What are the characteristics of Sound Waves?

Introduction to Sound waves

Sound is a form of energy arising due to mechanical vibrations. Hence sound waves require a medium for their propagation. Sound cannot travel in a vacuum. The sound waves are propagated as longitudinal mechanical waves through solids liquids and gases.

Speed of Sound Waves in Solids, Liquids, Gases

Newton’s Formula for Speed of Sound Waves

Newton showed that the speed of sound in a medium

v=EPv=\sqrt{\frac{E}{P}}

E = modulus of elasticity of the medium

P – the density of the medium.

Also Read: Wave Motion

Speed of Sound Waves in Solids

v=yPv=\sqrt{\frac{y}{P}}

Y = Young’s modulus of the solid

P = density of the solid

Speed of Sound Waves in Liquid

v=BPv=\sqrt{\frac{B}{P}}

B – Bulk modulus of the liquid

P – Density of the liquid

Speed of Sound Waves in Gases

Newton considered the propagation of sound waves through gases as an isothermal process. Absorption and release of heat during compression and rarefaction will be balanced, thus, the temperature remains constant throughout the process. Then he gave the expression for velocity of sound in air as

v=Pρv=\sqrt{\frac{P}{\rho }}

P  is the pressure of the gas (1.1013×105 N/m2)

ρ is the density of the air (1.293 kg/m3)

On substituting the value of pressure and density the speed of sound obtained was 280 m/s.

There was a huge discrepancy in the speed of sound determined by using this formula with the experimentally determined values. Hence a correction to this formula was given by Laplace it is known as Laplace correction.

Laplace Correction

According to Laplace, the propagation of sound waves in gas takes place adiabatically. So the adiabatic bulk modulus of the gas (γP) has to be used hence the speed of sound waves in the gas:

V=γPρV=\sqrt{\frac{\gamma P}{\rho}}

γP – adiabatic bulk modulus of the gas

ρ – the density of the medium

For air, γ = 1.41

Substituting the values the speed of sound value obtained was 331.6 m/s.

The values obtained by Newton – Laplace formula is in excellent agreement with the experiment results.

Factors Affecting the Speed of Sound in Gases

  • Effect of pressure
  • Effect of temperature
  • Effect of density of the gas
  • Effect of humidity
  • Effect of wind
  • Effect of change in frequency (or) wavelength of the sound wave
  • Effect of amplitude

Effect of Pressure

If the pressure is increased at a constant temperature then according to the equation of state PV = RT. If M is the molecular weight and ρ is the density of the gas, then V = M/ρ.

Then we have

P(M/ρ) = RT

P/ρ = RT/M

At constant temperature, if pressure changes then the density also changes in such a way that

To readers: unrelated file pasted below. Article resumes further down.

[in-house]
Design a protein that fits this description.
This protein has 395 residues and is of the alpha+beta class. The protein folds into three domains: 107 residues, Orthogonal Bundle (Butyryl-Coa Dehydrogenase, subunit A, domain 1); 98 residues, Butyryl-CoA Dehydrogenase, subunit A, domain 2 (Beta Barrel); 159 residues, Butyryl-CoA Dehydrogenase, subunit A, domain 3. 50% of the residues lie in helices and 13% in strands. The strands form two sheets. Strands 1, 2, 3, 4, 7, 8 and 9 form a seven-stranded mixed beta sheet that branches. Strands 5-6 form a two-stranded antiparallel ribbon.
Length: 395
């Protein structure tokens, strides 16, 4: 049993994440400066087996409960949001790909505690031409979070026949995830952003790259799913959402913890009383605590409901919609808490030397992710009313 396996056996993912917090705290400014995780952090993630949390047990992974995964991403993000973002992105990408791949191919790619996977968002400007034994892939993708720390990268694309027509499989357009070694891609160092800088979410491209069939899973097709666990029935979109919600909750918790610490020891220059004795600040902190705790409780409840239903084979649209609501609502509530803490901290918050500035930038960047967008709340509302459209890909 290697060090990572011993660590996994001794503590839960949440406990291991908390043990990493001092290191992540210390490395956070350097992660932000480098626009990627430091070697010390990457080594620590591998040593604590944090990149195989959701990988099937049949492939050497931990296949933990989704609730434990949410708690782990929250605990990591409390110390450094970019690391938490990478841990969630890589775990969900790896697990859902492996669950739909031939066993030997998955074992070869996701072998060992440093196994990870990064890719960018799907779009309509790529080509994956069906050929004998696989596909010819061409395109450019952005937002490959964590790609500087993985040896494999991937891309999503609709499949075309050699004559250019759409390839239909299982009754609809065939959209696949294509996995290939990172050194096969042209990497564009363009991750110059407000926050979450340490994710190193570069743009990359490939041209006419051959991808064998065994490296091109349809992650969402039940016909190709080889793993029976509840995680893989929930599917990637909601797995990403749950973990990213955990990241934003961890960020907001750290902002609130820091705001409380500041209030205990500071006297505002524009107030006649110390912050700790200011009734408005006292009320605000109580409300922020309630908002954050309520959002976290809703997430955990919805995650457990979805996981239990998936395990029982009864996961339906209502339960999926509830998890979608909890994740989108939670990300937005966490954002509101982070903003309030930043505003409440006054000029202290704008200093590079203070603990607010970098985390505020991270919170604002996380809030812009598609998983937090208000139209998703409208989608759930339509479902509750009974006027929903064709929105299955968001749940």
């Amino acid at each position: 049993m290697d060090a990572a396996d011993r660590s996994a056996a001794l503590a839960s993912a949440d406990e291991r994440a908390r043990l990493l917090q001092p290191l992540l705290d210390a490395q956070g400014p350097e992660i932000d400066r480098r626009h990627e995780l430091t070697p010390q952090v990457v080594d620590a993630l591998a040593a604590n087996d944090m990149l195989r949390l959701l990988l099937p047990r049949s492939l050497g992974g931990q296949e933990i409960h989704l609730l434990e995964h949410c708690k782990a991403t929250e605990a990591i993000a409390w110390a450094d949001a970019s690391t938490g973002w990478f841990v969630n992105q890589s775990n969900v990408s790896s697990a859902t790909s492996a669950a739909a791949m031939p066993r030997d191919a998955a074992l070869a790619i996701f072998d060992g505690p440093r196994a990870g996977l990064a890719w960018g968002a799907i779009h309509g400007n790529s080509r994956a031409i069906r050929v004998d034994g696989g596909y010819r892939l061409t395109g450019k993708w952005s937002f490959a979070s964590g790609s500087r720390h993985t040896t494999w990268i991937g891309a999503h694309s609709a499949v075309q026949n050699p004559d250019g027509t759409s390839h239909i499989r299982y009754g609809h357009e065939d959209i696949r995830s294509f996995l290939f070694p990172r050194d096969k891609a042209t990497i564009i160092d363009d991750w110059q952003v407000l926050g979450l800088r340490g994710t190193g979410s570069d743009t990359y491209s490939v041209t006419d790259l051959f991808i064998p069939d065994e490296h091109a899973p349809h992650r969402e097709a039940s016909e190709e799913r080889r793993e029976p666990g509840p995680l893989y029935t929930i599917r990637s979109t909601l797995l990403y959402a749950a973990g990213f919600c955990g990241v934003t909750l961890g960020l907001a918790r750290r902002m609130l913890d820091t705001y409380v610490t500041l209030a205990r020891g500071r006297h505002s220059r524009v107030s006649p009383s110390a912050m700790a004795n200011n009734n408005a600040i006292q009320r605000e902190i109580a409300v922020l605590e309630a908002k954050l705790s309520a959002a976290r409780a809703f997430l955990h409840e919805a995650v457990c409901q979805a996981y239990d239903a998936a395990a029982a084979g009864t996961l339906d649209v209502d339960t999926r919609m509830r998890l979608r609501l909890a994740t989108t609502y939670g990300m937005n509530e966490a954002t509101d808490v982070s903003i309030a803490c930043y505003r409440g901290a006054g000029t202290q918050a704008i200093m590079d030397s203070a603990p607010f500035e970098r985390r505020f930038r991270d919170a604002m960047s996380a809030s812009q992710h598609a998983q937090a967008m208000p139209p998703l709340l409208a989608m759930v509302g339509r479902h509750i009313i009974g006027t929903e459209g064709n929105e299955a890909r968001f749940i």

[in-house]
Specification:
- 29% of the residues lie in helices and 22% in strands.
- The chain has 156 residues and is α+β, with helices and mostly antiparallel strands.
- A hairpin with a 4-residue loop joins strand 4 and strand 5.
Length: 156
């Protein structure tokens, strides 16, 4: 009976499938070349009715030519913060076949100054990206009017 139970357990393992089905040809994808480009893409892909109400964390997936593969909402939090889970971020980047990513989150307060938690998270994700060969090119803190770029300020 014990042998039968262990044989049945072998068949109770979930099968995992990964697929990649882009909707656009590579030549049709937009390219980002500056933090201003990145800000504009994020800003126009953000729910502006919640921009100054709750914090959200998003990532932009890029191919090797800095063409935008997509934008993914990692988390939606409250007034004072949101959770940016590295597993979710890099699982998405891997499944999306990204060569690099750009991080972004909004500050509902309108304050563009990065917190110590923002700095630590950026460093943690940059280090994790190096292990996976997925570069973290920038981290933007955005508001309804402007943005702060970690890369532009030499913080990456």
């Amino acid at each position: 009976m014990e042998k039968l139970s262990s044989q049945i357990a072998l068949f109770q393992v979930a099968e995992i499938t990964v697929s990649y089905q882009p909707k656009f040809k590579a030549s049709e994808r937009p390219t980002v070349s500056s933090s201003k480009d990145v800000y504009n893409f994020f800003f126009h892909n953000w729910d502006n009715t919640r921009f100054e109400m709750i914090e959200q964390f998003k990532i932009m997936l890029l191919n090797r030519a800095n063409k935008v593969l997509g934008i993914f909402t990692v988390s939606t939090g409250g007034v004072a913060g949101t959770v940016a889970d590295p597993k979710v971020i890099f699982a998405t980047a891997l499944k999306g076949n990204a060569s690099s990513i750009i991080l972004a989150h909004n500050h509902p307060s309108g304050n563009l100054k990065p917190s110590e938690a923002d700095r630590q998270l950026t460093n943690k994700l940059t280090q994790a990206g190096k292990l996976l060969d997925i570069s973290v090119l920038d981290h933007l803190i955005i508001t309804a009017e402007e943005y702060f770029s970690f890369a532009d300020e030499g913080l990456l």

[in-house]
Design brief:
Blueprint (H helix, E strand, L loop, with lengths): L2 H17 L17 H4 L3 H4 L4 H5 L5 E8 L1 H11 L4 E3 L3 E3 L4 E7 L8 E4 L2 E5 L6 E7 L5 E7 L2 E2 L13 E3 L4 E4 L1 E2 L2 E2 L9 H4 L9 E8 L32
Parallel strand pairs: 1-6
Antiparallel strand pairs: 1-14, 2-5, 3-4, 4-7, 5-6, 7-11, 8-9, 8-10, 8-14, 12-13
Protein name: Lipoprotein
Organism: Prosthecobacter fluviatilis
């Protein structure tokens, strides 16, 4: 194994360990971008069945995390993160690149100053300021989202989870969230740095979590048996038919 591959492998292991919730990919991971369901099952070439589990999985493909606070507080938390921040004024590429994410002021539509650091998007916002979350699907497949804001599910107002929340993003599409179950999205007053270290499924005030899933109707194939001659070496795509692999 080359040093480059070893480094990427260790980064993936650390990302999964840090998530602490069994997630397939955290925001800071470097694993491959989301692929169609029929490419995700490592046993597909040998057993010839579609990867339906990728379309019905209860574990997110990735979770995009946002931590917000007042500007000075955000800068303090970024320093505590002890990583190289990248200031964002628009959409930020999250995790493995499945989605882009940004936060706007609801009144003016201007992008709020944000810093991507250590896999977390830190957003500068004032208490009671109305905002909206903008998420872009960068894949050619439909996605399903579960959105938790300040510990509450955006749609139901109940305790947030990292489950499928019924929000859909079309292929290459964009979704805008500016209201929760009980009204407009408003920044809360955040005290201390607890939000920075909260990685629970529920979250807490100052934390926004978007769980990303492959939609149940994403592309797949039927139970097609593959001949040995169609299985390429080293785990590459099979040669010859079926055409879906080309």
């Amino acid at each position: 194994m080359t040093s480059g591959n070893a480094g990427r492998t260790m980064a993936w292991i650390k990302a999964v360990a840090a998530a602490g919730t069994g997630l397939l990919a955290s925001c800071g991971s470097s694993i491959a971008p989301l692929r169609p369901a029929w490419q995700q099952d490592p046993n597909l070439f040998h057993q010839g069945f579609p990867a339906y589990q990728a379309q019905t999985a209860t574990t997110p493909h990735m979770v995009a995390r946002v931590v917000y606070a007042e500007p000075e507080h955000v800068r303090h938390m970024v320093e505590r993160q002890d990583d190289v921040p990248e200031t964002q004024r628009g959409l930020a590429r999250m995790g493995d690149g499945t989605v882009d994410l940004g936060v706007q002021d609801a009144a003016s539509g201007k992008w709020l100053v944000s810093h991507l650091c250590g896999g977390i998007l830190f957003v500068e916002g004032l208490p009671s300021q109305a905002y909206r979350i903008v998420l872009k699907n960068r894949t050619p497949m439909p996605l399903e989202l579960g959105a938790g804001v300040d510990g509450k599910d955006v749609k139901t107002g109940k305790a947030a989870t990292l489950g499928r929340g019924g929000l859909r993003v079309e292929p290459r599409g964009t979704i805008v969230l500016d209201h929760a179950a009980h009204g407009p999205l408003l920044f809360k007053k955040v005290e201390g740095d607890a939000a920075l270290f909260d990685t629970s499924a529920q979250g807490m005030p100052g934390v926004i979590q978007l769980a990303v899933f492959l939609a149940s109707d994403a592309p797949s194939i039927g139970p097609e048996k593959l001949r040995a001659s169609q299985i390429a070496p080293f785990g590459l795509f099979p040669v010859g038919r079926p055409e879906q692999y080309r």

P/ρ = constant

So change in pressure does not affect the speed of sound waves through a gas at constant temperature.

Effect of Temperature

Velocity of sound in a gas

v=γPρv=\sqrt{\frac{\gamma P}{\rho }}

But PV = RT for a gas and P = RT/V

v=γρ.RTVv=\sqrt{\frac{\gamma }{\rho }.\frac{RT}{V}}

v∝√T

Therefore, the speed of sound is directly proportional to the square root of its absolute temperature.

Effect of Density 

From the velocity of sound in the gas

v=γPρv=\sqrt{\frac{\gamma P}{\rho }}

The speed of sound is inversely proportional to the square root of the density of the gas.

Effect of Humidity

The density of water vapour is less than that of dry air. The presence of moisture decreases the effective density of air hence the sound wave travels faster in moist air or humid air than in dry air.

Effect of wind

Wind simply adds its velocity vectorially to that of the sound wave if the component of Vw of wind speed is in the direction of the sound wave, the resultant speed of sound is

V resultant = V + Vw

Vw – wind speed

Effect of Change in Frequency (or) Wavelength of the Sound Wave

Change of frequency (or) wavelength does not affect the speed of sound in a medium (Homogeneous isotropic medium). Sound travels at the same speed in all directions.

V = λf= constant

When the sound wave passes from one medium to another medium, the frequency remains constant but wavelength and velocity changes.

Effect of Amplitude

From velocity relation

v=γPρv=\sqrt{\frac{\gamma P}{\rho }}

Generally, the small amplitude does not affect the speed of sound in the gas. However, a very large amplitude may affect the speed of the sound wave.

Related Video:

Relation between Speed of Sound in Gas and RMS Speed of Gas Molecules

From velocity of sound wave

VγPP=γPVMV\sqrt{\frac{\gamma P}{P}}=\sqrt{\frac{\gamma PV}{M}}

pv = nRT

n = 1

PV = RT

V=γRTMV=\sqrt{\frac{\gamma RT}{M}} then rms speed of gas molecules,

Vrms=3RTM=3PγRTM=3PV{{V}_{rms}}=\sqrt{\frac{3RT}{M}}=\sqrt{\frac{3}{P}}\sqrt{\frac{\gamma RT}{M}}=\sqrt{\frac{3}{P}}\,\,V

Vrms=3PV{{V}_{rms}}=\sqrt{\frac{3}{P}}\,\,V

Where, V – is speed of sound waves through gas.

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